UARU
Russia's Reputation Sinks 'To New Low' With Crimea Repressions
1 March, 2016

What You Need To Know:

✓ Russia could soon ban the Mejlis, the Crimean Tatar’s self-governing body;

✓ Banning the Mejlis would further isolate Russia internationally and incur the wrath of indigenous peoples worldwide, Loode warns

✓ Ukraine treated the Crimean Tatars as a threat until 2014, Loode thinks;

✓ Since the annexation of Crimea, the Crimean Tatars have been fierce supporters of Ukraine.

Since Russia’s annexation of Crimea two years ago, the Crimean Tatars have mounted a slow and steady resistance campaign. Russia has increased its repression of the indigenous people, most recently threatening to ban the group’s self-governing representative body, the Mejlis.

“For indigenous peoples, representative bodies have central importance,” Oliver Loode, a member of the UN Forum on Indigenous Issues, told Hromadske. “They are the main vehicles of realizing human rights of indigenous peoples.”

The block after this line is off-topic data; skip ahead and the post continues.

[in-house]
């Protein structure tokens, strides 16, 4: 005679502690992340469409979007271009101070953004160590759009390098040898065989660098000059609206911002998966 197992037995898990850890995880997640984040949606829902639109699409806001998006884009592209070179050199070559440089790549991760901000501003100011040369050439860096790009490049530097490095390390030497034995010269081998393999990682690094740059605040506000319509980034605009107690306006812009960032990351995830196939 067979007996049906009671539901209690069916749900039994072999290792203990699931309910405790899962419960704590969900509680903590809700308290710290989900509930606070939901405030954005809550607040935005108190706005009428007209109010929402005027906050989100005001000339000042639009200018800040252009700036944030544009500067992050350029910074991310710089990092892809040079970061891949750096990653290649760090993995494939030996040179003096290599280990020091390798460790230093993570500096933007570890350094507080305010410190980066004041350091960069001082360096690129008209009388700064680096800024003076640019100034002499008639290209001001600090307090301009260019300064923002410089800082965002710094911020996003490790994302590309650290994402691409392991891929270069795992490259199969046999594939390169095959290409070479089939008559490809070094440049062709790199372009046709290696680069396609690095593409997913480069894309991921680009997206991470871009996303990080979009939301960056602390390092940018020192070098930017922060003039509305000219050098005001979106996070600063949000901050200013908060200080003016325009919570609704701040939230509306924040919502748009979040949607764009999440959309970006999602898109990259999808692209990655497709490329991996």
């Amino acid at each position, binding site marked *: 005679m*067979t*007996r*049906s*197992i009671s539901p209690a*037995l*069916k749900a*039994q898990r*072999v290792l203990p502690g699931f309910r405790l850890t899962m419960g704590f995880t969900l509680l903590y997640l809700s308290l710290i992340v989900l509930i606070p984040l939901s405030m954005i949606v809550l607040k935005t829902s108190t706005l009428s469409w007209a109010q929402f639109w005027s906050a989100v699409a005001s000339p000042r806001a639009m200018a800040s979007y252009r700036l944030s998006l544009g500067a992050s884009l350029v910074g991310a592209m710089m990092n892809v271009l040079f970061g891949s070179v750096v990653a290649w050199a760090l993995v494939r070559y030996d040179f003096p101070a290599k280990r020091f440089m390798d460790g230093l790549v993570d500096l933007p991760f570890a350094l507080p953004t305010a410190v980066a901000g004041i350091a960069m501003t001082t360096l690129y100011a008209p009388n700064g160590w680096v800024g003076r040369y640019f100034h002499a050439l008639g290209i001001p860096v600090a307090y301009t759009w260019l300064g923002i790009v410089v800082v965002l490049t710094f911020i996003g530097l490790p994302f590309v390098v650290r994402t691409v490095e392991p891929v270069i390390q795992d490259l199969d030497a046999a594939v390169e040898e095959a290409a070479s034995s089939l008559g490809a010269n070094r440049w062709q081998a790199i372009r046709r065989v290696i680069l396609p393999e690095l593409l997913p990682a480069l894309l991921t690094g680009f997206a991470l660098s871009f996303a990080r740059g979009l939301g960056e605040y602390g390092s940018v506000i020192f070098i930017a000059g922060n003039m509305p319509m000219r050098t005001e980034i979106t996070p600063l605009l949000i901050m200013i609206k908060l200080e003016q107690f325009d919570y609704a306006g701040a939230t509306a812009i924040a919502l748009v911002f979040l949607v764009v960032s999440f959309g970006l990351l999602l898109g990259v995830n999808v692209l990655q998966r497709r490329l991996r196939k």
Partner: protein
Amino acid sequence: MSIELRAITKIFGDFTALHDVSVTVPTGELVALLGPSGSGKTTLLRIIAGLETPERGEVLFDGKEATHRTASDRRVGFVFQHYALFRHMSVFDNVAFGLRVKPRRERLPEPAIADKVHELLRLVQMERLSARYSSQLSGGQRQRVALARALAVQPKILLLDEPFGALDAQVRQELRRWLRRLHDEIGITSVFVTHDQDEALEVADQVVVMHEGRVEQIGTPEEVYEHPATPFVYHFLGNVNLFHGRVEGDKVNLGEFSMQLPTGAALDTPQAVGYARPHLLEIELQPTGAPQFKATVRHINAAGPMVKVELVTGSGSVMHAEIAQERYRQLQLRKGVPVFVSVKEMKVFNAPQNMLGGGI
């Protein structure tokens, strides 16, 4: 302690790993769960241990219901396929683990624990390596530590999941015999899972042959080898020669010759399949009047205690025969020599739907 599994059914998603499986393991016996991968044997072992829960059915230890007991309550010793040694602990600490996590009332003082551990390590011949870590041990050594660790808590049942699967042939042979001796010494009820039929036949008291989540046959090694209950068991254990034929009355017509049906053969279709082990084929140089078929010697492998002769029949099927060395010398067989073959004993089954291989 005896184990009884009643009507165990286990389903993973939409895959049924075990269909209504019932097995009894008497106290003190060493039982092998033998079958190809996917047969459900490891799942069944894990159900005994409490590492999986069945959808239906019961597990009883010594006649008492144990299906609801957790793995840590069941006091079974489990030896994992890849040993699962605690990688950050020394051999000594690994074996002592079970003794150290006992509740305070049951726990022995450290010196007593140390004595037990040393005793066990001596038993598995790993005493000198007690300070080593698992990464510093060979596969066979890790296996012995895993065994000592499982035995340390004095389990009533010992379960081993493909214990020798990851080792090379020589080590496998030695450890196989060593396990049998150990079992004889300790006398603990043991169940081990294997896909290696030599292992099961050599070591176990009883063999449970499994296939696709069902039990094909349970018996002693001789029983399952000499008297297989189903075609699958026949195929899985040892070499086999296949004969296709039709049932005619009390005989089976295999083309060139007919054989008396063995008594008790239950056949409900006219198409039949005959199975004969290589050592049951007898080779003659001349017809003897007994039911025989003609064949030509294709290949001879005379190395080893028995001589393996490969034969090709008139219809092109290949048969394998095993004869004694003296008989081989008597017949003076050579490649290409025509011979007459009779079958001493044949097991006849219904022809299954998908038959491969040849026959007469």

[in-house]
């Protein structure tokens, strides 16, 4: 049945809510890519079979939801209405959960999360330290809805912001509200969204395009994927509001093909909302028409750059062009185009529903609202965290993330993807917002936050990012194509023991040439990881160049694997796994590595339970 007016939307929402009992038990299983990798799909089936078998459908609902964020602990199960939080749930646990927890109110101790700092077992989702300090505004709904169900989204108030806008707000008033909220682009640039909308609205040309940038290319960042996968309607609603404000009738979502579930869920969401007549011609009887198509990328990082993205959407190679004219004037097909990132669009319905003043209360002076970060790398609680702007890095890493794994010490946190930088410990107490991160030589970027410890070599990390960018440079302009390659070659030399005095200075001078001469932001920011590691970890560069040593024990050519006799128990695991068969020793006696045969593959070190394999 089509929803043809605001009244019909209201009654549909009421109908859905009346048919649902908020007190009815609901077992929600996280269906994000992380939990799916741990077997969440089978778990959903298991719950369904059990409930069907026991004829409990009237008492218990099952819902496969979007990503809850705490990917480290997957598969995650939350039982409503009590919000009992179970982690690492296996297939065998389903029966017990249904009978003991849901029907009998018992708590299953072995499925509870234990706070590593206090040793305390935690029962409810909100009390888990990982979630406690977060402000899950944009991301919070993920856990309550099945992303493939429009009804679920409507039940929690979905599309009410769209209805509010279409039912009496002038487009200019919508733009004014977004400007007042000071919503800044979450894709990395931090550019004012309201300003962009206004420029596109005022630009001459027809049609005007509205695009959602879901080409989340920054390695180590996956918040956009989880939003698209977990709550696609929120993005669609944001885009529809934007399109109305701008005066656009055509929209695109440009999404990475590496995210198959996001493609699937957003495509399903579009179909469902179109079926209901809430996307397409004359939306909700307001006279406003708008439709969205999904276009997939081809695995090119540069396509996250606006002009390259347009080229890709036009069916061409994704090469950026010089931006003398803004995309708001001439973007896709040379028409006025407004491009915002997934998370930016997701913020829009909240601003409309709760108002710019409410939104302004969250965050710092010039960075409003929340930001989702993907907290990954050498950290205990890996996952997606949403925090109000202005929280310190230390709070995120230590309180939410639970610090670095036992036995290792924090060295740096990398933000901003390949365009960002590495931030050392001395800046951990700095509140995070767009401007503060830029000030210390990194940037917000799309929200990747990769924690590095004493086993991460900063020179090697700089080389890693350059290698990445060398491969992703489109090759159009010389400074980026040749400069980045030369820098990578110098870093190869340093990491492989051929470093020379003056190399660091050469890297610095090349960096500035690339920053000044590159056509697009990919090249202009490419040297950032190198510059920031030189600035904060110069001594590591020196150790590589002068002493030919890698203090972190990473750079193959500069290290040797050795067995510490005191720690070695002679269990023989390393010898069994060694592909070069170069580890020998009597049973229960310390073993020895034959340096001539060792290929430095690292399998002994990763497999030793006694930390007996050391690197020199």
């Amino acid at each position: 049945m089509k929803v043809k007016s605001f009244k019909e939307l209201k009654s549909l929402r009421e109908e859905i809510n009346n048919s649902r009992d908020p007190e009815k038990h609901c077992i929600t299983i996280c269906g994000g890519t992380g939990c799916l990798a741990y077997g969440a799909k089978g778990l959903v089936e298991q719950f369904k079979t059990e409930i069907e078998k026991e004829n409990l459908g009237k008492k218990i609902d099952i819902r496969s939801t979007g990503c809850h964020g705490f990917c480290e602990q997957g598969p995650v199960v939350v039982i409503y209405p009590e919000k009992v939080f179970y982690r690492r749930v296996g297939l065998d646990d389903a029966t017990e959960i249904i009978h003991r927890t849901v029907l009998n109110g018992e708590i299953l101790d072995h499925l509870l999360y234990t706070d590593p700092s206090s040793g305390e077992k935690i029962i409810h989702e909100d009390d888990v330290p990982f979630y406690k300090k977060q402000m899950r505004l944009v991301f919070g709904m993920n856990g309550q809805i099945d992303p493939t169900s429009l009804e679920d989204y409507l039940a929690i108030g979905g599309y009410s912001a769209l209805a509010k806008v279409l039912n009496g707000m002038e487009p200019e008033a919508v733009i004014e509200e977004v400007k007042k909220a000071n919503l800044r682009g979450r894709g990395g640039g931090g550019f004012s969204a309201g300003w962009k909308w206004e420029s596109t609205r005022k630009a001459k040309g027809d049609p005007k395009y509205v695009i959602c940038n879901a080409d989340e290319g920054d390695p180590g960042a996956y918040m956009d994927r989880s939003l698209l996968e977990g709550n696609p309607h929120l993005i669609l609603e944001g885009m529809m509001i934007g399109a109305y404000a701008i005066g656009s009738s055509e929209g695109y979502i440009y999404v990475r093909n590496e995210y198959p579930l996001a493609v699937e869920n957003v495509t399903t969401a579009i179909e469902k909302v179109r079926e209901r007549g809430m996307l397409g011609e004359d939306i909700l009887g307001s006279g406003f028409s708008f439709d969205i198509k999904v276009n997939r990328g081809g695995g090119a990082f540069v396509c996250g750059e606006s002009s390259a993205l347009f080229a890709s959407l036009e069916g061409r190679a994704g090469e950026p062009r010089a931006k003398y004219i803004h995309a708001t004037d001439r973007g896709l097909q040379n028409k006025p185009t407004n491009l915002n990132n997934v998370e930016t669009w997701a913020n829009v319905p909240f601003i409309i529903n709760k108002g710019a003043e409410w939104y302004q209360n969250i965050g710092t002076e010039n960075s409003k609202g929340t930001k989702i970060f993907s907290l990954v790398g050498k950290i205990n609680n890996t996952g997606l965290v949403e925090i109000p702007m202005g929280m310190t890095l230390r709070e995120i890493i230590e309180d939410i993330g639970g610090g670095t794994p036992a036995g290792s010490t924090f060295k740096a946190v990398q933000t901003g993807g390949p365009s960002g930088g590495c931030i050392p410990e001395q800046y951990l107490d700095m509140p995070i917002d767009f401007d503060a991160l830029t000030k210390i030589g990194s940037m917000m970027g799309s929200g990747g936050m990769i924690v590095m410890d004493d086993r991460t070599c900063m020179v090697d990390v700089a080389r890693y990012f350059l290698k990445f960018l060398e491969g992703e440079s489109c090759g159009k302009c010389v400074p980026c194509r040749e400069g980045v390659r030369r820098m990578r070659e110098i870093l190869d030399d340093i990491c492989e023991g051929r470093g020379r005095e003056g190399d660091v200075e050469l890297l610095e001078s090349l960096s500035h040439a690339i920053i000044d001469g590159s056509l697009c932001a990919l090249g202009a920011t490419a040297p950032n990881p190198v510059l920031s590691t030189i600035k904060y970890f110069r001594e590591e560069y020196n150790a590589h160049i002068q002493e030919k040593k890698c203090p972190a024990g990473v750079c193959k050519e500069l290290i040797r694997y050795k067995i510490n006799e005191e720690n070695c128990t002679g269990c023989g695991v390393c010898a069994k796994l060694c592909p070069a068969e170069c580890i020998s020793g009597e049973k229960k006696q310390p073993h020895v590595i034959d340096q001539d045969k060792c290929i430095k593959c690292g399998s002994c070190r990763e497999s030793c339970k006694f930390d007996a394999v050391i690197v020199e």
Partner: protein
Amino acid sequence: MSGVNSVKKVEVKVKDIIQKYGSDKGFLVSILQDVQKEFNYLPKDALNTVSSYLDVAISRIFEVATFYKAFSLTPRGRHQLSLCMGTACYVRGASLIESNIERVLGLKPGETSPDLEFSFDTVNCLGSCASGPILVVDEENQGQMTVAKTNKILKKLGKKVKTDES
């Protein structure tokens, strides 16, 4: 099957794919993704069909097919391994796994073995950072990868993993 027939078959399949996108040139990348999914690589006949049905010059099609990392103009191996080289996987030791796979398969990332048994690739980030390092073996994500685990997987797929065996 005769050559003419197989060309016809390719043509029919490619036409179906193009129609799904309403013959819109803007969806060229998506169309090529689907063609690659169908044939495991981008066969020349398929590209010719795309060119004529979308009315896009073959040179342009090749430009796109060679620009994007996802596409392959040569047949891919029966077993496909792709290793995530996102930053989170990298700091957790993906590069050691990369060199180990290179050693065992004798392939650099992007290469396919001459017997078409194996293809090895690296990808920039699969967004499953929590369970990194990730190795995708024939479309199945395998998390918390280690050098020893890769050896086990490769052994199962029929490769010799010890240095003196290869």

He added: “If a representative body is being banned, it’s really not just a hostile act towards a particular organization, in this case the Mejlis, but it’s really an attack against the people, in this case Crimean Tatars.”

Loode, who is from Estonia, also spoke about how Russia’s treatment of the Crimean Tatars would negatively impact its position on the world stage.

“There will be repercussions,” he said, regarding the potential banning of the Mejlis. “It would really sink Russia’s reputation in the sphere of indigenous rights to new lows.”

Loode added: “If Russia can violate the collective rights of one indigenous group so brutally, why does it bother to show a good face at the United Nations?”

Oliver Loode, a member of the United Nations Forum on Indigenous Issues, spoke with Hromadske on February 26th, 2016 in Kyiv.